prospective student,  studying,  UTM

you all want impossible answers

hello! i am a grade 12 student at an ontario highschool. my average at the moment is around 93-95%. i’ve applied for social sciences at utm/ustg. i’m hoping to major in political science or criminology, and then apply to uoft law.

from your experience in social sciences, 1) do you think i will be able to achieve a 3.5-3.8 gpa in my undergrad? 2) do you have any tips/advice on how to do so? 3) what are the pros/cons between utm/ustg…will i have more difficulty achieving a high gpa at ustg? ty!!

hey there,

that’s a pretty dang good high school average!

i’ll answer your questions in order.

do i think you’ll be able to achieve a 3.5-3.8 gpa in your undergrad? that’s hard to say. different high schools have different levels of grade inflation, and i know literally nothing about your study habits, so i don’t really feel like i can make a prediction. however, what i can tell you is that there are certainly people with high school averages like that that manage to maintain your target GPA at u of t.

i know u of t has a reputation for being really tough, and it is challenging. there are certainly high achieving students who have a very difficult time adjusting to first-year university, but i wouldn’t say everyone needs to be super scared of failure. there are student supports at u of t to help you achieve your goals.

do i have any tips on getting a good GPA? sure. here are a few:

  • use your resources.

achieving and maintaining a high GPA is a lot easier when you’ve got help.

here are some things that have helped my friends and i with our studies: going to office hours, making use of the writing centres and math learning centres, participating in club or college mentorship programs, visiting a learning strategist, and checking out the academic help workshops on the clnx calendar. visits to your registrar’s office will prove invaluable whenever you need advice, and tapping into u of t’s mental health resources can help you deal with the stress of academics.

  • build a support network

studying is a lot easier if you’re not also dealing with isolation and loneliness. a lot of uni students i know have struggled more with their studies when they haven’t been surrounded by supportive peers. pulling a long-haul study session is less painful if you’ve got someone with you keeping you accountable (even if just over Zoom).

plus, it’s important to remember that academics won’t be all you’re dealing with in university—you also need people to help you endure your personal lows and celebrate your highs.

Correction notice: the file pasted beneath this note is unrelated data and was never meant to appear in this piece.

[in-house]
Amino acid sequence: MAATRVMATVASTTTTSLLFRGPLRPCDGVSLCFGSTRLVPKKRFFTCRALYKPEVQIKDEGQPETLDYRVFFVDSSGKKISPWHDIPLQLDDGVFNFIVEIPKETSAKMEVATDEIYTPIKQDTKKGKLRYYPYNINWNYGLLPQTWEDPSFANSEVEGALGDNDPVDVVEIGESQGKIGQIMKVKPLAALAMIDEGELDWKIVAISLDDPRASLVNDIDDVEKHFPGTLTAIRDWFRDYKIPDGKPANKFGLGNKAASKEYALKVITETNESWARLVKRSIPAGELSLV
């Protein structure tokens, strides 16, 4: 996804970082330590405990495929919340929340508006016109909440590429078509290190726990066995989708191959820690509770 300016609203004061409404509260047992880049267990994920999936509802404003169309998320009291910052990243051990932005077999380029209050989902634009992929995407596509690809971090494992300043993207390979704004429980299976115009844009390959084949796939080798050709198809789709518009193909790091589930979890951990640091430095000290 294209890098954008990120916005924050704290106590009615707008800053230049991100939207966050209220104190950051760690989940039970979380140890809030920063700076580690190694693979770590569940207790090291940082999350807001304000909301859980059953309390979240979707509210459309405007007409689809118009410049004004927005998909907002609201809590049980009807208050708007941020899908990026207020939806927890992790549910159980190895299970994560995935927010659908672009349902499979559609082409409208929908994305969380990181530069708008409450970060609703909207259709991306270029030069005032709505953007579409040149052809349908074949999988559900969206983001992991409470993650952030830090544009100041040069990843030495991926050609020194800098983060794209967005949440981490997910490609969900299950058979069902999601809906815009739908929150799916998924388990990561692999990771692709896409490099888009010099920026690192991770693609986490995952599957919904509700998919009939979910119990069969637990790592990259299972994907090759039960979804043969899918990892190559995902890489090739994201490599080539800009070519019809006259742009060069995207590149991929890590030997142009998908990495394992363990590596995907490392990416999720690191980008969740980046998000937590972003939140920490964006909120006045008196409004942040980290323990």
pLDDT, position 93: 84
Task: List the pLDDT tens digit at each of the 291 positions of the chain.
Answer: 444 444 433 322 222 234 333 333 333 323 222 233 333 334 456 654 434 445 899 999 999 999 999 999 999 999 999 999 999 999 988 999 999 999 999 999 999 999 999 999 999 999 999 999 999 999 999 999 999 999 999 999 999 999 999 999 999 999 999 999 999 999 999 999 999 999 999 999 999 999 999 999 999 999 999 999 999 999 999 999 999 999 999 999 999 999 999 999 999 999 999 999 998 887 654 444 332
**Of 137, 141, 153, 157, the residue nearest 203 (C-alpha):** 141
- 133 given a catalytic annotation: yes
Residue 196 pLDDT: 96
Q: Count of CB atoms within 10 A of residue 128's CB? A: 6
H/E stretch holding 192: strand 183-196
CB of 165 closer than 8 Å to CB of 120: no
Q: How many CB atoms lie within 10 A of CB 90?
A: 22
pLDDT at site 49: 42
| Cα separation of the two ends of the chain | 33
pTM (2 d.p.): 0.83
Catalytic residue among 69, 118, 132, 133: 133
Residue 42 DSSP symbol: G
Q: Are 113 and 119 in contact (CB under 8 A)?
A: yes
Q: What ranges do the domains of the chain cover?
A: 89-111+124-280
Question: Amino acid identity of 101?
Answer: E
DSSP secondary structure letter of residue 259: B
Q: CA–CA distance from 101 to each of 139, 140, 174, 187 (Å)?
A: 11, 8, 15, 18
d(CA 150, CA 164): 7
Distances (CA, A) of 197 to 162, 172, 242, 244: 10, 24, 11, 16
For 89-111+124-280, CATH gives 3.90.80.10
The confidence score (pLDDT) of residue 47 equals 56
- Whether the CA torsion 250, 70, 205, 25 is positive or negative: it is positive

i really do think that the better you’re doing as a person and the more you’re plugged in to some kind of likeminded community or friend group, the better equipped you are to achieve your academic goals.

  • get organized

i’ve spent a solid amount of time at u of t now, and something that seems to happen every semester for me is that a few balls get dropped. unless you’re gifted with impeccable organizational and time management skills, the endeavour of managing classes, clubs, a job, your health, and your personal life does get tough.

find a system that works for you to keep track of all your responsibilities and deadlines. it always feels really bad when you find out about an assignment last-minute or after the deadline—you lose marks unnecessarily, and your grades don’t reflect your abilities.

i currently use a monthly planner that i got from muji, which allows me to see all my deadlines several weeks ahead of time. i colour-code it (green for assignment deadlines, pink for tests, purple for shifts at work etc) so that, at a glance, i have a good grasp of what i’ll be busy with in any given week. and then at the beginning of each week, i dump everything into a google spreadsheet schedule broken down into half-hour increments, so i have a sort of weekly timetable. that’s what works for me. virtual calendars are also a good option if you prefer!

to touch on your last question, i’ve only ever been a student at st. george, so i don’t feel like i can say whether it’s harder than utm. i don’t really feel that qualified making a pro-con list either, since i’m probably quite biased towards st. george. this might surprise you, but i’ve never even been to utm in person!

i’d recommend that you do some research yourself and make a pros-cons list that reflects your own priorities. you can consider things like what extracurriculars each campus offers, living costs (if those are applicable), program offerings, campus aesthetics (if that even matters to you), and location.

if you’re extensive in your considerations, you’ll probably find that you end up with one option that’s clearly better than the other. i chose my campus because i was interested in specific st. george extracurriculars, as well as programs that were only offered at st. george. it just seemed like the right call.

hope this helped! wishing you all the best of luck with your application.

be Boundless,


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